One requirement of the 2014 Final Rule on Health Information Technology is for pricing transparency and disclosure. Certified electronic health record (EHR) vendors have been required to disclose any “additional types of cost that an EP (eligible provider), EH (eligible hospital) or CAH (critical access hospital) would pay to implement the Complete EHR’s or EHR Module’s capabilities in order to attempt to meet meaningful use objectives and measures.”
The rule has not required public disclosure of an actual price but instead information about the types of costs that might be incurred: Is there a one-time fee? A recurring cost? Both? For what features or services? Providers and hospitals should not encounter “unfair surprises” that materially affect their ability to meet Meaningful Use. The 2014 pricing transparency rule has only required disclosure of the various types of costs that would be encountered in the process of demonstrating Meaningful Use with a Complete EHR.
This requirement was recently expanded “to require greater and more effective disclosure by health IT developers of certain types of limitations and additional types of costs that could interfere with the ability to implement or use health IT in a manner consistent with its certification.” The revised rule, finalized in October 2015, expands the transparency statement. Costs that must be disclosed are not just those the user “would” pay to try to implement MU. Now, vendors must also address costs the user “may pay” to use the system within the scope of certification, as well as limitations the user might encounter.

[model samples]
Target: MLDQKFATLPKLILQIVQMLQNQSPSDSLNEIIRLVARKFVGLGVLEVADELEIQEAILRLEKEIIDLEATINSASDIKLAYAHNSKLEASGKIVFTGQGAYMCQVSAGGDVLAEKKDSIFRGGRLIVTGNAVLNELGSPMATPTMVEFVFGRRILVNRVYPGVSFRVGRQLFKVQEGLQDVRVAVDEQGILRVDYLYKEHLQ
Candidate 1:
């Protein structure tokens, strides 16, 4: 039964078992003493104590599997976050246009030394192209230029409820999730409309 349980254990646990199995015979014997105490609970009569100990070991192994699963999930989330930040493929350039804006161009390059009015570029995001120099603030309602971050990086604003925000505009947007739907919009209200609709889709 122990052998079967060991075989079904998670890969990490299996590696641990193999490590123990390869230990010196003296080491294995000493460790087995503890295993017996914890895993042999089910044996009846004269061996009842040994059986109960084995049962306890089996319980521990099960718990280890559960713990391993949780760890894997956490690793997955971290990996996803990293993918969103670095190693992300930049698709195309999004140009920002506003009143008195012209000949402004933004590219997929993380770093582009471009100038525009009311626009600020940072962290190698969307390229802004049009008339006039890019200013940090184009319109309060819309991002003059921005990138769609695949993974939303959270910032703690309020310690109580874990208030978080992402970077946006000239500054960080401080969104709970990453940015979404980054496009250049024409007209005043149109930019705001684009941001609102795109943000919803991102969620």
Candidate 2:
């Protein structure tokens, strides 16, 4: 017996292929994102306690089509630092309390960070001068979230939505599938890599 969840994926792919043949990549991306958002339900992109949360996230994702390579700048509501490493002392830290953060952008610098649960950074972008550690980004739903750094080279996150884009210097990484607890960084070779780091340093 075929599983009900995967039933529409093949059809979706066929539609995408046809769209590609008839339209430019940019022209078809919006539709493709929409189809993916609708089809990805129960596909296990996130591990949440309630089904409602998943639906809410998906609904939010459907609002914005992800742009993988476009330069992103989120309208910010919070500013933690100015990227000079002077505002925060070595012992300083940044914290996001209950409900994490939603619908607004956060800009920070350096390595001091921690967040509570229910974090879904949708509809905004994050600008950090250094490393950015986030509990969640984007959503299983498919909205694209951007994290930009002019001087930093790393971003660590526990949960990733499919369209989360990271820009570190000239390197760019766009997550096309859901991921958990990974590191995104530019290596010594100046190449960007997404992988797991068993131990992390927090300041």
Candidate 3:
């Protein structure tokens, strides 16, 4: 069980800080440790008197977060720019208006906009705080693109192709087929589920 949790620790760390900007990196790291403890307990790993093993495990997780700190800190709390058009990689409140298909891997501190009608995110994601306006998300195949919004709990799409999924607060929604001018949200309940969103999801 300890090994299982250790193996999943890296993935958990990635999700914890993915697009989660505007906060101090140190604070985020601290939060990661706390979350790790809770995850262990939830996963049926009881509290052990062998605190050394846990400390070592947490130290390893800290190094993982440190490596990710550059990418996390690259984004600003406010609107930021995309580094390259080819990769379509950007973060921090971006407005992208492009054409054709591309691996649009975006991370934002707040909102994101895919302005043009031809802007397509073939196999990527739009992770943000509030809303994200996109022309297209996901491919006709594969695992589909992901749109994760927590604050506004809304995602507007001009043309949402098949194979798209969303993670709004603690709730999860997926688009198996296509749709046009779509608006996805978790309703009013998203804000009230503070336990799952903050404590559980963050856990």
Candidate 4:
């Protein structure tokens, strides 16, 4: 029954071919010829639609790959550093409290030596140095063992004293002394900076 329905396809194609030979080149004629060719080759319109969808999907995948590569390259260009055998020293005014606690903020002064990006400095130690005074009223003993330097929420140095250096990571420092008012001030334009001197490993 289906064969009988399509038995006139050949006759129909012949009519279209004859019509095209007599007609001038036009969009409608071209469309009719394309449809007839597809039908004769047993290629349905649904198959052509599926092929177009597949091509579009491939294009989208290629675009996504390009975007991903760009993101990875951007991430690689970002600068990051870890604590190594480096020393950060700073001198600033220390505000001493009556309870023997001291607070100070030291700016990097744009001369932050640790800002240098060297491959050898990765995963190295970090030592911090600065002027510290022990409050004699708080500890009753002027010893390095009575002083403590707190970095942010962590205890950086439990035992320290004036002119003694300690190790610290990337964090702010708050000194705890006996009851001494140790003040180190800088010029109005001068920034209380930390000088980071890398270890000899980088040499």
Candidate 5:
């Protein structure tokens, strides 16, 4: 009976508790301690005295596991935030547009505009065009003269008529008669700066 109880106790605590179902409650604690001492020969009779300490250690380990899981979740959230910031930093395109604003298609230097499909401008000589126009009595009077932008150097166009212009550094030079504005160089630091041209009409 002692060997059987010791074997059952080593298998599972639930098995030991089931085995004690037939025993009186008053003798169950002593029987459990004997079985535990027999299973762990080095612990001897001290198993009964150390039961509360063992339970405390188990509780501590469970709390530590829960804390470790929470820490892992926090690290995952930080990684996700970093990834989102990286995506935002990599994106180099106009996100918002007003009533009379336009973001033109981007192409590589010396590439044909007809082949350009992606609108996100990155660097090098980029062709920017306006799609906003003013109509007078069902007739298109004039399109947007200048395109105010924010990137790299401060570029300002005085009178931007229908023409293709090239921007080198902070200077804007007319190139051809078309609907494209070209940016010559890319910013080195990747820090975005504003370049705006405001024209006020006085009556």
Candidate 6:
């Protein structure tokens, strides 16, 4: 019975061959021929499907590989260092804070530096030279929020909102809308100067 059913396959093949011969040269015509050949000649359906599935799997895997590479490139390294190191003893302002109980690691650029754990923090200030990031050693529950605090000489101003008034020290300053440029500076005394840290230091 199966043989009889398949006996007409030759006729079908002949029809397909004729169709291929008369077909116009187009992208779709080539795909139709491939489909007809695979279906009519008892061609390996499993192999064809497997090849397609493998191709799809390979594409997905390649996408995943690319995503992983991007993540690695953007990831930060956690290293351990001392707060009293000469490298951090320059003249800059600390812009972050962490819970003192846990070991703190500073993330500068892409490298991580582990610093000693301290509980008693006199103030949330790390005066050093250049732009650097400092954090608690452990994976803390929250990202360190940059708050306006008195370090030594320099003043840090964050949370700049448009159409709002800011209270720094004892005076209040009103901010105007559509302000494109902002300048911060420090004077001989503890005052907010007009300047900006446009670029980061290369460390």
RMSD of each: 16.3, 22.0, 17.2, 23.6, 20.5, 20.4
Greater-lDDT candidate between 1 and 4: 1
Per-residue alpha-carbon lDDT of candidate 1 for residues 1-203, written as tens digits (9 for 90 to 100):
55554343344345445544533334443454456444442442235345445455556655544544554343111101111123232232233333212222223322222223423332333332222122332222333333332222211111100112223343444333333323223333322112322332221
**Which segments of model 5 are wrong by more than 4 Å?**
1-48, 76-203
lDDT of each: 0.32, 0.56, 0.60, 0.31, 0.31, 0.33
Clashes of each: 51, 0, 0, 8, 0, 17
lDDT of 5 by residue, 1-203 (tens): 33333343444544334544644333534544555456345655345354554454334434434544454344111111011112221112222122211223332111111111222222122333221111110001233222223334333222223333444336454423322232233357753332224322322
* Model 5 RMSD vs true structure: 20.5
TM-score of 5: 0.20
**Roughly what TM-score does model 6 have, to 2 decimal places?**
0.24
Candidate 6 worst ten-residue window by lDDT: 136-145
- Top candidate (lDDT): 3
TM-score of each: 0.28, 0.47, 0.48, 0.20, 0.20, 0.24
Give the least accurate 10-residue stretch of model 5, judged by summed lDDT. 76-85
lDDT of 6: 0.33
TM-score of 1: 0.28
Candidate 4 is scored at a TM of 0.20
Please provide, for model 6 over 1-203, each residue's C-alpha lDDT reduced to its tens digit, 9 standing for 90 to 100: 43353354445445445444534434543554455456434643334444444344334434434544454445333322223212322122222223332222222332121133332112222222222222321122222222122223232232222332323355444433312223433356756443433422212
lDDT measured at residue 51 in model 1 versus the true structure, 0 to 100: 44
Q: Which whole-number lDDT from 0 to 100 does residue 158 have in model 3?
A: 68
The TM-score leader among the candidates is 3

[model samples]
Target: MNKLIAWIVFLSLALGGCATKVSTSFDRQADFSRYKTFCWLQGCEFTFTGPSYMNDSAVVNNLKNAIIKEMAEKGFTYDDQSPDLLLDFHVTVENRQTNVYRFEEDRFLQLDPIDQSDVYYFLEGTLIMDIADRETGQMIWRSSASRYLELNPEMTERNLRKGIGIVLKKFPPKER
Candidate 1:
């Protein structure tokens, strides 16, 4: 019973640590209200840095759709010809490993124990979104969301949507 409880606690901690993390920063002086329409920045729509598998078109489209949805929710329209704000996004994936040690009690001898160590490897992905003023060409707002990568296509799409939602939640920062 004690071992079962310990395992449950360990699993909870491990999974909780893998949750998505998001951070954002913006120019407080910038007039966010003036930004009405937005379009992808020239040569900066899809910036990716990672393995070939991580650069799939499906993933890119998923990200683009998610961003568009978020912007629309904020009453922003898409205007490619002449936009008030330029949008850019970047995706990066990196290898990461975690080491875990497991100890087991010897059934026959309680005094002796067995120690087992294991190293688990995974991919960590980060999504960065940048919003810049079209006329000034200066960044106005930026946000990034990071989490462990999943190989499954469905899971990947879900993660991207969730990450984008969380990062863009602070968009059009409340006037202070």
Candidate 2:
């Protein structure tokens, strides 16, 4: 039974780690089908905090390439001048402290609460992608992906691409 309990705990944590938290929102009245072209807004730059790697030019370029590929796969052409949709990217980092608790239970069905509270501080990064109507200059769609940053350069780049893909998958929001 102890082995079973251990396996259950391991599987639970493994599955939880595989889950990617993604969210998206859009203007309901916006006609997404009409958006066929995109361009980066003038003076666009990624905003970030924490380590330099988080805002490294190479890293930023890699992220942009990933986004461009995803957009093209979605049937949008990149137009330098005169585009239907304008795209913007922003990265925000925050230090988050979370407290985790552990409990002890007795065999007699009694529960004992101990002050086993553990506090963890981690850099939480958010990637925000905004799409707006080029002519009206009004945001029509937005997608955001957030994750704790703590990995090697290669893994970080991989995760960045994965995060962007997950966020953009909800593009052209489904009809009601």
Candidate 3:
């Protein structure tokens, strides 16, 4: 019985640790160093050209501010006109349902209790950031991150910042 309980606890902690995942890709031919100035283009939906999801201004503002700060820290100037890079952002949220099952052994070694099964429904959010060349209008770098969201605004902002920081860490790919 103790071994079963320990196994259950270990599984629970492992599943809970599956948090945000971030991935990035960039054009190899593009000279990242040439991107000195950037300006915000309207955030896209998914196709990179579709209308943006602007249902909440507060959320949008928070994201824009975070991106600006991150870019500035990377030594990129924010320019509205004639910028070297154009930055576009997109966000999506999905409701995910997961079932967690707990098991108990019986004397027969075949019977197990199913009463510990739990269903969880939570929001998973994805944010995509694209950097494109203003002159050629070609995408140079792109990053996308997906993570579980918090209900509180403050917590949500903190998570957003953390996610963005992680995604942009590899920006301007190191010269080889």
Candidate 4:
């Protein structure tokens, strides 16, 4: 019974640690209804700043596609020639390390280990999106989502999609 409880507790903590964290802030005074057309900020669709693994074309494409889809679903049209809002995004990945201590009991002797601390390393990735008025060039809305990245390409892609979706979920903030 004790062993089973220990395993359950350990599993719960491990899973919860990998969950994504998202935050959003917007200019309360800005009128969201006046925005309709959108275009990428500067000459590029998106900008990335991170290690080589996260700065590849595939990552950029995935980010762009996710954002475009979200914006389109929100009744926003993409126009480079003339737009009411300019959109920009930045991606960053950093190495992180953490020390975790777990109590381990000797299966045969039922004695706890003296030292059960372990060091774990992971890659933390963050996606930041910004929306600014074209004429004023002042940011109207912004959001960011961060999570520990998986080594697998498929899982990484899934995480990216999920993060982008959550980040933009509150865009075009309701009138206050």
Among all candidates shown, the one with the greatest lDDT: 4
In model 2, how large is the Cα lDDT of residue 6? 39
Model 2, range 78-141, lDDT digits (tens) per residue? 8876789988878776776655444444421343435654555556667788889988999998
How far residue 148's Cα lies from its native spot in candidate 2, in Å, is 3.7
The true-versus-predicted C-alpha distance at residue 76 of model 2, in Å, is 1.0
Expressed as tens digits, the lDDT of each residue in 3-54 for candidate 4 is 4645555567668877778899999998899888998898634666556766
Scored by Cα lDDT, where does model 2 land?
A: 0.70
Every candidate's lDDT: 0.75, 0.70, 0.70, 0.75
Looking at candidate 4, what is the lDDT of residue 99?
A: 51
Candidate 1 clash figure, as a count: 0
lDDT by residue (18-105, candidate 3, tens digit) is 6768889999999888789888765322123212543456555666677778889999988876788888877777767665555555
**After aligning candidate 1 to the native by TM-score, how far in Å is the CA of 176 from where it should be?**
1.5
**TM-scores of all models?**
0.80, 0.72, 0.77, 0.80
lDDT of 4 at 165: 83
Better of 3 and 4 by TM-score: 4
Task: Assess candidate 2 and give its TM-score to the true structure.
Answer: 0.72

The pricing transparency statement is pretty easy to understand, which is good since nobody likes costly surprises. But what are these “certain types of limitations” that the 2015 rule mentions? Shouldn’t the fact that a product is certified be the final word on meeting MU requirements? The final rule contains an example “scenario” that clarifies what sorts of limitations inspired this wording.
In this scenario, just suppose that a vendor of an EHR implements the capability to meet the Transitions of Care objective by sending secure messages with CCDAs attached. And suppose that the health information service provider (HISP) that connects this EHR to others is run by the EHR vendor. And suppose that the vendor chooses to only connect to other hospitals and providers who run that vendor’s EHR – and transmits those messages for free. In this scenario, connecting to another vendor or network is costly, if it is even possible -- and then there is a per-message fee. These types of “limitations” must be disclosed.
It is not surprising that new certification requirements, which drive new software development and associated services, have costs. In the market for certified health information technology? Be sure to look for the “transparency and disclosures” statements that should be posted on vendor web sites. And if you don’t see one, ask where it is!
To learn more about the federal requirements that EHR vendors must comply with, contact us.
Learn more by visiting the ONC website.
Tom Arnold, MBA, PMP, is Director of Meaningful Use for Medsphere Systems Corporation.